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[naw-zee-eyt, -zhee-, -see-, -shee-] /ˈnɔ ziˌeɪt, -ʒi-, -si-, -ʃi-/
verb (used with object), nauseated, nauseating.
to affect with nausea; sicken.
to cause to feel extreme disgust:
His vicious behavior toward the dogs nauseates me.
verb (used without object), nauseated, nauseating.
to become affected with nausea.
Origin of nauseate
1630-40; < Latin nauseātus (past participle of nauseāre to be seasick). See nausea, -ate1
Related forms
unnauseated, adjective
Can be confused
nauseated, nauseous (see usage note at nauseous)
2. revolt.
2. attract, delight.
Usage note
See nauseous. Unabridged
Based on the Random House Dictionary, © Random House, Inc. 2015.
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Examples from the web for nauseated
  • Anyone who has ever been nauseated knows what an awful feeling it is.
  • Eight hours later, he stumbled out of bed feeling nauseated and disoriented.
  • She had come in feeling nauseated, with chronic stomach pain.
  • The idea of emerging from the process with an offer but no job left me nauseated.
  • With their blood more alkaline than usual, mountaineers can grow dizzy or nauseated.
  • Typically she would feel nauseated before an oncoming seizure, then lose consciousness.
  • Some people feel nauseated or sweaty after drinking the glucose for the test.
  • But when they are made aware of these shenanigans, they are nauseated.
  • She underwent a round of chemotherapy that nauseated her and caused her hair to fall out, but the cancer had gone away.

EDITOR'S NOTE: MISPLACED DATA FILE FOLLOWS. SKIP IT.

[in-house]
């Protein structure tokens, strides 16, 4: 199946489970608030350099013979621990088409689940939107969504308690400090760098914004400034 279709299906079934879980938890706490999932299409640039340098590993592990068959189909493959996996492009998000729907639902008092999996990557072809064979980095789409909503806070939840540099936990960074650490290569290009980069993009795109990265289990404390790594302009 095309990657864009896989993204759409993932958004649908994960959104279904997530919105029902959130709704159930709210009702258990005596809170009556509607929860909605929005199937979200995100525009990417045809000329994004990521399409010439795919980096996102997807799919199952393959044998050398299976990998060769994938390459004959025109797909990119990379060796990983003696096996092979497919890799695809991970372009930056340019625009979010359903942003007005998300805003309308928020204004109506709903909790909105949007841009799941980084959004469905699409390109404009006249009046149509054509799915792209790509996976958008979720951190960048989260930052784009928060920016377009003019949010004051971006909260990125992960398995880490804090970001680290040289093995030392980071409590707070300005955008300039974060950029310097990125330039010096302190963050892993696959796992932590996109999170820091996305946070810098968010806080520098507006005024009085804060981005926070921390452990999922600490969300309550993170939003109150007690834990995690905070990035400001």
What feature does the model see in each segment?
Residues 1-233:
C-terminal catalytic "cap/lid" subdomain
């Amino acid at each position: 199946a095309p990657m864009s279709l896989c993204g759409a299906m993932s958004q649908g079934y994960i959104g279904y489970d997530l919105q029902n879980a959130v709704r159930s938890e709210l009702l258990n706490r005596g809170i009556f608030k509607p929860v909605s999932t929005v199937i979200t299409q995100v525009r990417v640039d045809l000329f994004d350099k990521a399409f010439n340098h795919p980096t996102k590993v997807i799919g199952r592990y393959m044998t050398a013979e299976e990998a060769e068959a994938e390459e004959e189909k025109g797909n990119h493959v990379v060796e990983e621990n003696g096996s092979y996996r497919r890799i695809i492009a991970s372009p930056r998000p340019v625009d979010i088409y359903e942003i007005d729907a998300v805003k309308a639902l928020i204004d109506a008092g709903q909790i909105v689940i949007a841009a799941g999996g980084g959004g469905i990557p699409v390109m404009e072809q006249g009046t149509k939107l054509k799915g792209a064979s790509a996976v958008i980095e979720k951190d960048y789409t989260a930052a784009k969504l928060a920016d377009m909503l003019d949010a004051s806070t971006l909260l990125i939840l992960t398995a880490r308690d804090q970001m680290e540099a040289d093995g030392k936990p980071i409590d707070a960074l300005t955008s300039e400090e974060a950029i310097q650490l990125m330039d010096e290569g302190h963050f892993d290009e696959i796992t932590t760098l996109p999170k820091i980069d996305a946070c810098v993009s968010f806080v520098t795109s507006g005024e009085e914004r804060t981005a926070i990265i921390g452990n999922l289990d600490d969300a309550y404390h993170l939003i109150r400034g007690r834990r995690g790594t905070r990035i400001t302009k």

• He remembered riding camels and elephants and becoming nauseated.
British Dictionary definitions for nauseated


/ˈnɔːzɪˌeɪt; -sɪ-/
(transitive) to arouse feelings of disgust or revulsion in
to feel or cause to feel sick
Derived Forms
nauseating, adjective
nauseation, noun
nauseatingly, adverb
Collins English Dictionary - Complete & Unabridged 2012 Digital Edition
© William Collins Sons & Co. Ltd. 1979, 1986 © HarperCollins
Publishers 1998, 2000, 2003, 2005, 2006, 2007, 2009, 2012
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Word Origin and History for nauseated



1630s, "to feel sick, to become affected with nausea," from nauseat- past participle stem of Latin nauseare "to feel seasick, to vomit," also "to cause disgust," from nausea (see nausea). Related: Nauseated; nauseating; nauseatingly. In its early life it also had transitive senses of "to reject (food, etc.) with a feeling of nausea" (1640s) and "to create a loathing in, to cause nausea" (1650s). Careful writers use nauseated for "sick at the stomach" and reserve nauseous (q.v.) for "sickening to contemplate."

Online Etymology Dictionary, © 2010 Douglas Harper
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nauseated in Medicine

nauseated nau·se·at·ed (nô'zē-ā'tĭd, -zhē-, -sē-, -shē-)
Affected with nausea.

nauseate nau·se·ate (nô'zē-āt', -zhē-, -sē-, -shē-)
v. nau·se·at·ed, nau·se·at·ing, nau·se·ates
To feel or cause to feel nausea.

The American Heritage® Stedman's Medical Dictionary
Copyright © 2002, 2001, 1995 by Houghton Mifflin Company. Published by Houghton Mifflin Company.
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